The president, National Union of Chemical, Footwear, Rubber, Leather and Non-Metallic Employees (NUCFRLANMPE), Babatunde Olatunji, has urged governments at all levels, employers in the private sector, workers and the trade unions to uphold and utilise collective bargaining machinery to prevent conflict and crisis in the workplace.
Giving a panacea to the perennial crisis between Labour and government as well as employers in the country, the NUCFRLANMPE president said collective bargaining machinery must be properly utilised as a condition necessary in preventing conflict; while proper training and development must also be in place.
In a paper he presented entitled, ‘Steps in conflict resolution process: NUCFRLANMPE experience’ at a one-day workshop in Lagos, the union leader also declared that there must be an organisational dynamic approach to managing conflict.
Besides, he identified effective communication between workers and management; rewards, which should be based on merit; and proper job enrichment and enlargement, such as career development, promotion and motivation, as other conditions necessary in preventing conflict.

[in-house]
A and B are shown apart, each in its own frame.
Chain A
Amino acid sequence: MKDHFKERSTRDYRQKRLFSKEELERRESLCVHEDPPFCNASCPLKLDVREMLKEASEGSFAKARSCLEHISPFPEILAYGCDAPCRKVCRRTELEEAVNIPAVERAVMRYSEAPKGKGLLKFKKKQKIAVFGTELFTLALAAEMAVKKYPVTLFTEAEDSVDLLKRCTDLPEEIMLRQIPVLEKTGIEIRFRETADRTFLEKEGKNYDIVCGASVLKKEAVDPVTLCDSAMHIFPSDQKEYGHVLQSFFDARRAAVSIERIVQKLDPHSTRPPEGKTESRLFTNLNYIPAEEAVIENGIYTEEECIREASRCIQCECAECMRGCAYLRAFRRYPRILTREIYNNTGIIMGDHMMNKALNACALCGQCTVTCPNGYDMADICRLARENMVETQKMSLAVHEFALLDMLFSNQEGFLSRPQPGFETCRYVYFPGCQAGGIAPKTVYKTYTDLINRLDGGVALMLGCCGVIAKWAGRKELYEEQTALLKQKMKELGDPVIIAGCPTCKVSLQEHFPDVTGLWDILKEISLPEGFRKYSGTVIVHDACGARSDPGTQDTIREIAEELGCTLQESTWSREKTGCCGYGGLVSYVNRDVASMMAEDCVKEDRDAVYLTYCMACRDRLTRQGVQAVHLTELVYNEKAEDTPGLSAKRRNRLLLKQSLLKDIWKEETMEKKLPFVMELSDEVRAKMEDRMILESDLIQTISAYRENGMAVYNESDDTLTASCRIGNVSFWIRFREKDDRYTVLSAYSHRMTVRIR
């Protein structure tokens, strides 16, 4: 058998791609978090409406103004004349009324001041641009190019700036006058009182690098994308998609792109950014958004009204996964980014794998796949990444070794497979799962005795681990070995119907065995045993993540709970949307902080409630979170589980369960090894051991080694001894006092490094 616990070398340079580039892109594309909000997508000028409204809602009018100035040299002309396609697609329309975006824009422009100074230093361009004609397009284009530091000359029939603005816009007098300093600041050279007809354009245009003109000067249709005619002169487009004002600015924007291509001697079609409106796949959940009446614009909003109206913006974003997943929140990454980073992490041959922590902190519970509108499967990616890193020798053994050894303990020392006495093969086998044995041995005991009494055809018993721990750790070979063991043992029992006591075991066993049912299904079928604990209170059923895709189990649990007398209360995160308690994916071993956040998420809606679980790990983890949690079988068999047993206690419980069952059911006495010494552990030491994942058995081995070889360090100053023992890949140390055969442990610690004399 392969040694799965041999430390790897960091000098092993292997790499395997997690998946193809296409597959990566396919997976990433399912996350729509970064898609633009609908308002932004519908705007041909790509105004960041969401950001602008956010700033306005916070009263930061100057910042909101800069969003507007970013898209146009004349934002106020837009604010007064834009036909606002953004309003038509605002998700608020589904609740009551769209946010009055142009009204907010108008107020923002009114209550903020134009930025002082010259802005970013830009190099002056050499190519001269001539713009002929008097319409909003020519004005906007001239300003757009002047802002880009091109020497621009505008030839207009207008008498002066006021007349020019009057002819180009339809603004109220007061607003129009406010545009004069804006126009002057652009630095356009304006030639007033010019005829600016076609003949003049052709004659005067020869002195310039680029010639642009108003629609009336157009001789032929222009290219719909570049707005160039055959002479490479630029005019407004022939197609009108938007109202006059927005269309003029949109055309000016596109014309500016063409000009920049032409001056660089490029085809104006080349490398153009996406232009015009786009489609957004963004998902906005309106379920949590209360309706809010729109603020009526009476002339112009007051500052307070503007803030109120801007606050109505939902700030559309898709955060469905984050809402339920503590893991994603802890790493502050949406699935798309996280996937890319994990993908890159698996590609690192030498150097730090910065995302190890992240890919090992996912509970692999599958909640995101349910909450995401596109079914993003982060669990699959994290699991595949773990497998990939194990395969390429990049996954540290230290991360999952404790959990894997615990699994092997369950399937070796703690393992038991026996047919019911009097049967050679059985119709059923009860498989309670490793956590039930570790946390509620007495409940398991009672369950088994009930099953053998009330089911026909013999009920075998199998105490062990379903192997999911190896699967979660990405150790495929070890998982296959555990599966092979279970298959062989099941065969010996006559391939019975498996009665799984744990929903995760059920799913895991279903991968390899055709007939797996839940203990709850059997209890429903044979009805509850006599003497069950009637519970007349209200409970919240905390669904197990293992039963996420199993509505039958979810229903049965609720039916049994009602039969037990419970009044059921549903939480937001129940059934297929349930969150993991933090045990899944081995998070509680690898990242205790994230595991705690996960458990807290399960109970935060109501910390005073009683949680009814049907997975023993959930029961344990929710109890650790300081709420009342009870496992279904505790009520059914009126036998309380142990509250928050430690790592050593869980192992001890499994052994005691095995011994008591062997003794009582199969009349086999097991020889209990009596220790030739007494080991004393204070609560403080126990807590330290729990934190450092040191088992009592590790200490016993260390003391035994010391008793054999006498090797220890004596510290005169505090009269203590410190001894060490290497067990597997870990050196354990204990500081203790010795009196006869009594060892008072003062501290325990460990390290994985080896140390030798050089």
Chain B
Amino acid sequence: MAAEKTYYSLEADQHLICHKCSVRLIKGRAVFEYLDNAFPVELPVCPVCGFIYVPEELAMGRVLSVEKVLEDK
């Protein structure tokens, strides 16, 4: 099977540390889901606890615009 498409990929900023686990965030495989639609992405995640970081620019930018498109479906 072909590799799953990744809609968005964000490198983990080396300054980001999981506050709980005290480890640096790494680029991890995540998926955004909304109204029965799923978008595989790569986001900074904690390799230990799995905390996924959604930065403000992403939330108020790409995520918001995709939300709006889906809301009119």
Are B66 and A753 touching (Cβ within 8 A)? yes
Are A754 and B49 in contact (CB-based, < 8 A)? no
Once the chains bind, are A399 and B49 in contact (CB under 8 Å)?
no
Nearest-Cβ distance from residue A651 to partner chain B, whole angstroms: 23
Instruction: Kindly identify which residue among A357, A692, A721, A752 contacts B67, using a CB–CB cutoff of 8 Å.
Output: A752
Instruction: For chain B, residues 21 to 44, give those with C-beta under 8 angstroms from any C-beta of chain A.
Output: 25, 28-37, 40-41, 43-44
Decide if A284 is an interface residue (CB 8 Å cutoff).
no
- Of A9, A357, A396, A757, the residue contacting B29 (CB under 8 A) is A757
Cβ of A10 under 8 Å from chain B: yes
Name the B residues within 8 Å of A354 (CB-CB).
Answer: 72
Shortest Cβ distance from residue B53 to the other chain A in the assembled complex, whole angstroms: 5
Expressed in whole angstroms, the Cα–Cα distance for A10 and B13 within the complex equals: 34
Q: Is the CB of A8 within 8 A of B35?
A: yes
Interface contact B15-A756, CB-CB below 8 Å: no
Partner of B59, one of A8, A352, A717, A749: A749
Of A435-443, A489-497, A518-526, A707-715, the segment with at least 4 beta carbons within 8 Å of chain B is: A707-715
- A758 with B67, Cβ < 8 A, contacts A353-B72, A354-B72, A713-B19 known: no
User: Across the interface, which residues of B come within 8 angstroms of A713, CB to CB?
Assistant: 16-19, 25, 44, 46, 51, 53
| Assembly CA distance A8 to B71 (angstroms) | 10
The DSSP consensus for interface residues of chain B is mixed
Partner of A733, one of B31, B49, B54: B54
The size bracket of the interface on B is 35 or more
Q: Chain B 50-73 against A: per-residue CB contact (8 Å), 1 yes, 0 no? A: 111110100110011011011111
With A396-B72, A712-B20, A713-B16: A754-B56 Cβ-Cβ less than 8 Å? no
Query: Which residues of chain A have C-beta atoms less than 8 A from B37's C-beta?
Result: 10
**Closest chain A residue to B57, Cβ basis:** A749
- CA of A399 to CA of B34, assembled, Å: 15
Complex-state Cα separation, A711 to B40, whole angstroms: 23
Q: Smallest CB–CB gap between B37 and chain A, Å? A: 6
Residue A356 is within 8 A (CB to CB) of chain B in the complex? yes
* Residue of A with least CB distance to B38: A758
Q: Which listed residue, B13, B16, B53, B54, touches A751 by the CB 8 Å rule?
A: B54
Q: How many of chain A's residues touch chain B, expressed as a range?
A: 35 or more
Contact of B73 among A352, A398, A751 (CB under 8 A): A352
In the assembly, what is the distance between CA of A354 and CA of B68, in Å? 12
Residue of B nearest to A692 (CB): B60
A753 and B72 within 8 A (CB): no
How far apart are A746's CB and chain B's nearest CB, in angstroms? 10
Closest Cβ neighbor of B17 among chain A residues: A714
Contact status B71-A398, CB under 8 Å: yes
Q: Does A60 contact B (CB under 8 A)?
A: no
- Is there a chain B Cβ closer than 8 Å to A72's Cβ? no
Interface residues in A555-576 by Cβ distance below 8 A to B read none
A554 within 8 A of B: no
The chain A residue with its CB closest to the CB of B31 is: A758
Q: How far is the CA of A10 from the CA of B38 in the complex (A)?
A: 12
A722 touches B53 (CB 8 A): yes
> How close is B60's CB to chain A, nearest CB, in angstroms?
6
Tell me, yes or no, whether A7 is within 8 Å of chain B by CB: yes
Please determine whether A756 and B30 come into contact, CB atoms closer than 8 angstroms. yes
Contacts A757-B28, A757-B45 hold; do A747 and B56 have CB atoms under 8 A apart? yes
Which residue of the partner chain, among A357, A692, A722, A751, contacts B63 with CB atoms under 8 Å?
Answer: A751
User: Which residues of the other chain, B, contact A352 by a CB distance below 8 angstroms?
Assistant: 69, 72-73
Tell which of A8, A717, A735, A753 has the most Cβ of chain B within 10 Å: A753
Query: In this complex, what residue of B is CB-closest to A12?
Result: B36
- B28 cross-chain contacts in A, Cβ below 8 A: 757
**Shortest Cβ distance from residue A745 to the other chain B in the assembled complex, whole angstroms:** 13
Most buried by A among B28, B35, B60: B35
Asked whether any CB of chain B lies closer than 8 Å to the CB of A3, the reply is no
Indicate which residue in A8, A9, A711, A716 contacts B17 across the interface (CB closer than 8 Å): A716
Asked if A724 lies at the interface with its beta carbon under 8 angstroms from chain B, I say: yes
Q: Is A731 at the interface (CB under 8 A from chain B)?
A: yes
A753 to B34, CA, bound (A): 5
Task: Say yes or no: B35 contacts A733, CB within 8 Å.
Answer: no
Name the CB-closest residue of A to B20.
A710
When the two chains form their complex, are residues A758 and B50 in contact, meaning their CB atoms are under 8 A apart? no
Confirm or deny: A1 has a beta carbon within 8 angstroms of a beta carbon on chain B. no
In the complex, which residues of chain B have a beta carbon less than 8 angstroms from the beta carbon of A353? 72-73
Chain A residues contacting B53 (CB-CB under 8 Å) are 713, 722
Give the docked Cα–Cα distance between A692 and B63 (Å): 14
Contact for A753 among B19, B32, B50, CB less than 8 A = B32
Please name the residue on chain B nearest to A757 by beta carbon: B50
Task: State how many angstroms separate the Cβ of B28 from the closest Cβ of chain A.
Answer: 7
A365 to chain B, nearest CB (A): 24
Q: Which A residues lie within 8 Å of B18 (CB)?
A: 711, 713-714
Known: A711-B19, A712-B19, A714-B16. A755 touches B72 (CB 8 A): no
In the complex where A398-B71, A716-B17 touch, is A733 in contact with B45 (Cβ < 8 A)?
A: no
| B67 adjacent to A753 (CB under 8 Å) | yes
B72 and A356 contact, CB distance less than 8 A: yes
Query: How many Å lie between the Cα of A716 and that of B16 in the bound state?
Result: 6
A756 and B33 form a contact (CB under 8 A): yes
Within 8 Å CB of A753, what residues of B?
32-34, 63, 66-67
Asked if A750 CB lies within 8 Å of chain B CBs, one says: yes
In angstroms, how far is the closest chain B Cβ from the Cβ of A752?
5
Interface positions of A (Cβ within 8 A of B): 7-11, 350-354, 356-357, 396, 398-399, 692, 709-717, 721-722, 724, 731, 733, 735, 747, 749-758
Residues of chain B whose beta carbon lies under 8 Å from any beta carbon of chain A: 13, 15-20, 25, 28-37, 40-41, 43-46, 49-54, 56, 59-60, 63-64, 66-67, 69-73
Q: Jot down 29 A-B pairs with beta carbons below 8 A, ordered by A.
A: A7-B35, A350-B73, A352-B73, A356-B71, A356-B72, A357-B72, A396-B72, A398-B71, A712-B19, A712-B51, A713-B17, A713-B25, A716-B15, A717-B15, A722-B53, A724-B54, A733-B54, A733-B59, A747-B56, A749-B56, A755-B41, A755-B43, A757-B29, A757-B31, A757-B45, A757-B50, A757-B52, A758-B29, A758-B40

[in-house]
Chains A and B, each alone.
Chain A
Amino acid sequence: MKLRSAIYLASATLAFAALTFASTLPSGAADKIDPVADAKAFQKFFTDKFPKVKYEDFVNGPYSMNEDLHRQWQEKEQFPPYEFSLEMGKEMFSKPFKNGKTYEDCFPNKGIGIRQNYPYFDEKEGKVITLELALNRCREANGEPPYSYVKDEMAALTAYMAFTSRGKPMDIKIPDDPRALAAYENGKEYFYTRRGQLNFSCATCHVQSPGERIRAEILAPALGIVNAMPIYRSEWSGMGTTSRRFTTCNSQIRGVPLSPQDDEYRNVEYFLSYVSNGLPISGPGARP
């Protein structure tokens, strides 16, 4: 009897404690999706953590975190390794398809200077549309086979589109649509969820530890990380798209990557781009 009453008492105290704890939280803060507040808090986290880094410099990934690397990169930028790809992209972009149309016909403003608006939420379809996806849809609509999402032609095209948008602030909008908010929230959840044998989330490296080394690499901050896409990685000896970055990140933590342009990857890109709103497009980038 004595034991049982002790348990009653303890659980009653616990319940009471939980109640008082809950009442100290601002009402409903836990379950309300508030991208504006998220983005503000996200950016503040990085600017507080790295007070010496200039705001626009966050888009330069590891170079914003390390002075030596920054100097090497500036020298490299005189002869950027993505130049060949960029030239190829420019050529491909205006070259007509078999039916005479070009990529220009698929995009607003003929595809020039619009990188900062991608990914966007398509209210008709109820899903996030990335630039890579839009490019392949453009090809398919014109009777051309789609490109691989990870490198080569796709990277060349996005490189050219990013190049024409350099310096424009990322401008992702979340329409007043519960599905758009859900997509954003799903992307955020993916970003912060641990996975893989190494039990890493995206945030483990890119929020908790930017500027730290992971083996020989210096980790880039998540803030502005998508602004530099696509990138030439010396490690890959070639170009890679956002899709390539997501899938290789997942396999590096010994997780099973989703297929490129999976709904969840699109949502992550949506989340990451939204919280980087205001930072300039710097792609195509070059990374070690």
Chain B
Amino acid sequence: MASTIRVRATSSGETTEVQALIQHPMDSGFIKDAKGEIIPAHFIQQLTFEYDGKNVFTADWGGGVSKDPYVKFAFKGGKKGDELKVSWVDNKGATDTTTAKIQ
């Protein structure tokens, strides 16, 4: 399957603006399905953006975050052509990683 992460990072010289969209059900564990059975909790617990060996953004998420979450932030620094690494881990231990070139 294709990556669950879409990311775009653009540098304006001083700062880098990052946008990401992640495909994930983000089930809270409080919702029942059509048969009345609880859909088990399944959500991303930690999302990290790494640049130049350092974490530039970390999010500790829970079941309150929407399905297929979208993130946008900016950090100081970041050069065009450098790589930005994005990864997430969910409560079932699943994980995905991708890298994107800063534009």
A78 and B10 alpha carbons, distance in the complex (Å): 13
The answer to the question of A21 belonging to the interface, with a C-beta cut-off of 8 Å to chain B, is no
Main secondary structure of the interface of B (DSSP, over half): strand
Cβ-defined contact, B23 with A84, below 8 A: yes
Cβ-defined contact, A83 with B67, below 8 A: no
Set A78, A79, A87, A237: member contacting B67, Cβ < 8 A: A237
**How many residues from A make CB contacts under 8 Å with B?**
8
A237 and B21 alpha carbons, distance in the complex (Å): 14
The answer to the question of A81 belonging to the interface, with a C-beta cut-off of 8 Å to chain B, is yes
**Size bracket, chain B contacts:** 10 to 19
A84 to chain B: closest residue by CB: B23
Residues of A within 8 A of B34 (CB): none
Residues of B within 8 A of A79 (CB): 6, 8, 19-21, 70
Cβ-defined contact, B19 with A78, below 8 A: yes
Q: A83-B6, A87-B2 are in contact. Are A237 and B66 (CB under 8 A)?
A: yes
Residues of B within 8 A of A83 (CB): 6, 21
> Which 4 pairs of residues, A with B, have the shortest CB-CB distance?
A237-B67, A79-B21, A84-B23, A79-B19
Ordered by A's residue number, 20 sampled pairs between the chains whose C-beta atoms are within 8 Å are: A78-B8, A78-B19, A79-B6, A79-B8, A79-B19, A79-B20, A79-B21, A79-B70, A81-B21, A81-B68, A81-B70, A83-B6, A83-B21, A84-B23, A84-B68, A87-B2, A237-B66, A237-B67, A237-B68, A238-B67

He pointed out that resolving conflicts is sine qua non to organizational survival, and as such should be carefully accorded priority.
“The strategy, principle, process and practice must carefully be examined with a view to ensuring healthy conflict resolution without bias or prejudices. In handling conflict, the validity of the issue must be determined — find out whether any collective agreement has been breached; whether any labour law or policy is being violated or workers’ health, safety and welfare been jeopardised.”
To the NUCFRLANMPE president, conflict is unavoidable, and therefore it’s resolution should be handled effectively with care.
He said: “Conflict is as old as human existence; therefore, it is an unavoidable phenomenon whenever there is relationship or contact between two or more people. Its inevitability propelled the existence of industrial relations system whereby roles of different actors are well stated.
“But even at that, there are occasions whereby overlapping roles, rights encroachment and or denial bring about conflict. It, therefore, becomes expedient to summarise that we cannot do without conflict.
“However, we should also not be so overwhelmed by conflict that we will now shun or look down at resolution mechanism, because conflict must surely arise as we engage in economic activities for enhancing means of our livelihood and for the betterment of our dear economy – Nigeria.”